As huge and awesome a difference that the mouse brings to aiming, there is an equal step backwards: walking feels extremely slow. We know that Master Chief is a hefty dude, but the walking speed on the keyboard makes it feel like the Master Chief is towing a Warthog jeep behind him everywhere he goes; hopping in a vehicle is a bigger rush simply because it's much faster to get where you're going than on foot.
I find this interesting as well. The plain fact is that Halo 2 was designed for the Xbox. The Xbox has two analog sticks that each control Master Chief's movement and aiming, respectively. Pc's meanwhile have a WASD/Mouse setup. Theres no question that when Master Chief plays computer he can turn much quicker than on Xbox. But the problem is that his movement feels that much more sluggish. PC players expect alot of precision in their FPS aiming. But FPS's designed for PC allow playes to move and jump much quicker as well. When aiming speed doesn't match movement speed, then playing suddenly feels unbalanced.What do you think of all of this? Especially if you've played either Metroid Prime 3 or Halo 2 on PC, let me know your thoughts. The moral of the story is that control is so fricken important to video games, that its essential that games are designed specifically for one control scheme or otherwise specifically designed with multiple control schemes in mind.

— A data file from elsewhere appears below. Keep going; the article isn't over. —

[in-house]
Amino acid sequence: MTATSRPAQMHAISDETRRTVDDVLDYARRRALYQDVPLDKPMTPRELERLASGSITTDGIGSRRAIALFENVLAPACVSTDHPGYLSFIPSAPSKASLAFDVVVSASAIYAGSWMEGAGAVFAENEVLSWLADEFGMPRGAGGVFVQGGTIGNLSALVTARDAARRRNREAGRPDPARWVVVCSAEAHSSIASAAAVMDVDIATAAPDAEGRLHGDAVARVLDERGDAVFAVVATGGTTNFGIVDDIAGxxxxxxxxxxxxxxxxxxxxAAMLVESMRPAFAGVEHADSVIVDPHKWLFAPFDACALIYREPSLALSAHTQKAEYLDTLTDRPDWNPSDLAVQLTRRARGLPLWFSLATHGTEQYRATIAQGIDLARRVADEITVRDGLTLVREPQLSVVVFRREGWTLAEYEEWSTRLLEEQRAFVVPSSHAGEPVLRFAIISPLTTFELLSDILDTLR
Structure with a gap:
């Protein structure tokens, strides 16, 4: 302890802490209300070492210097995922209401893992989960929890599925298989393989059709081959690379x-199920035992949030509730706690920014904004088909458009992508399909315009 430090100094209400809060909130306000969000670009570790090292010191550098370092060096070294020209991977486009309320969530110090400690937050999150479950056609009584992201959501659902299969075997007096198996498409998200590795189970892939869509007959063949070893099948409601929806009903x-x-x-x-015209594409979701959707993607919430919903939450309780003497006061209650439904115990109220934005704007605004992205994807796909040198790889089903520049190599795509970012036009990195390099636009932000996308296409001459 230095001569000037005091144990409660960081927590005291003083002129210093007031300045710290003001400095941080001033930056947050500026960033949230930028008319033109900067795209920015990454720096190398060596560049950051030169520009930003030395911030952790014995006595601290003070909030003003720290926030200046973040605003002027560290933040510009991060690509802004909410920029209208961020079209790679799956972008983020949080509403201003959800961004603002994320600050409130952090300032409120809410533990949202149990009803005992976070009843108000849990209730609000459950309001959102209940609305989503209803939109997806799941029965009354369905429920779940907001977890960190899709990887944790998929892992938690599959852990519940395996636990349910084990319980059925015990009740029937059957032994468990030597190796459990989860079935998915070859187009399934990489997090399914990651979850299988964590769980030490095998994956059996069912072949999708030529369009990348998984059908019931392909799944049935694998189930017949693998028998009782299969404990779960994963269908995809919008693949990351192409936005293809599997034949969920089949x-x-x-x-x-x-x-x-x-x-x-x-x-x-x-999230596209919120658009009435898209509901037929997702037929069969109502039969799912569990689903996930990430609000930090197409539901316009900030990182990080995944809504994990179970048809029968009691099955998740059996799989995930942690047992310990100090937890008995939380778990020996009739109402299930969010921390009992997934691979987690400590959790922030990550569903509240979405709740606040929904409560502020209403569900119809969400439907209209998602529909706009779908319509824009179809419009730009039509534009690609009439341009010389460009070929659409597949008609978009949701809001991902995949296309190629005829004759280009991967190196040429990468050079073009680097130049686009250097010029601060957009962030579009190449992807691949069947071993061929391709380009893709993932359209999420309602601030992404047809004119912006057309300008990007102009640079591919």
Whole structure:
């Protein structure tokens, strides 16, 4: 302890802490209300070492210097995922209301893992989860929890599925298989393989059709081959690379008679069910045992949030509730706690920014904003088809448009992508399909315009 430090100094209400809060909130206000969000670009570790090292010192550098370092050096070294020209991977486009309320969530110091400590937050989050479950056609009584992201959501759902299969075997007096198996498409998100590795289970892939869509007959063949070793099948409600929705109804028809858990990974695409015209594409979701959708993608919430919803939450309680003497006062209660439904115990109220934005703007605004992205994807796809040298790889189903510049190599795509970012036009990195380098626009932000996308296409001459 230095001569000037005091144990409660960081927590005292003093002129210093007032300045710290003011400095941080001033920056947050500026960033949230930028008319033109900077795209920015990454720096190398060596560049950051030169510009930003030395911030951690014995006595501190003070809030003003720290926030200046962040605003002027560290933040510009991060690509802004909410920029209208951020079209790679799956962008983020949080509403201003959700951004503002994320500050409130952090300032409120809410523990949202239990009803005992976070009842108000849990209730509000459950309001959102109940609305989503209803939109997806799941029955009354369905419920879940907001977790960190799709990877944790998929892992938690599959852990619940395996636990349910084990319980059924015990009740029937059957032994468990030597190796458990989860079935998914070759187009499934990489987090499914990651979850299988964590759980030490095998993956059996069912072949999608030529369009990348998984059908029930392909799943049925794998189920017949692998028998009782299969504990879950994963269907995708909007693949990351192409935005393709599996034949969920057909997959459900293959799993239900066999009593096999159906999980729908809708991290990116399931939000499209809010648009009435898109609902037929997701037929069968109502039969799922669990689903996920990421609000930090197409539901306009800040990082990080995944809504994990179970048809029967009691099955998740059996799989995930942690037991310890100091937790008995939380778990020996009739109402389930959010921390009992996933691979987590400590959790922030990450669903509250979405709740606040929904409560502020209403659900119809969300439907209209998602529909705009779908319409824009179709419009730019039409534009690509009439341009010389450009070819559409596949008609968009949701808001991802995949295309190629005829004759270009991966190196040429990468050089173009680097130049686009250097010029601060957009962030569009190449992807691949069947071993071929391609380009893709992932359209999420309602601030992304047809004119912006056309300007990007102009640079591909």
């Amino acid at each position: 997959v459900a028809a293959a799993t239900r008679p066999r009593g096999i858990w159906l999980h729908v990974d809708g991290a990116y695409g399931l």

Monday, August 27

Halo Wars: Staying True

Ensemble Studios, the team behind the Age of Empires series, is working with Microsoft on another RTS based on a completely different franchise: Halo Wars.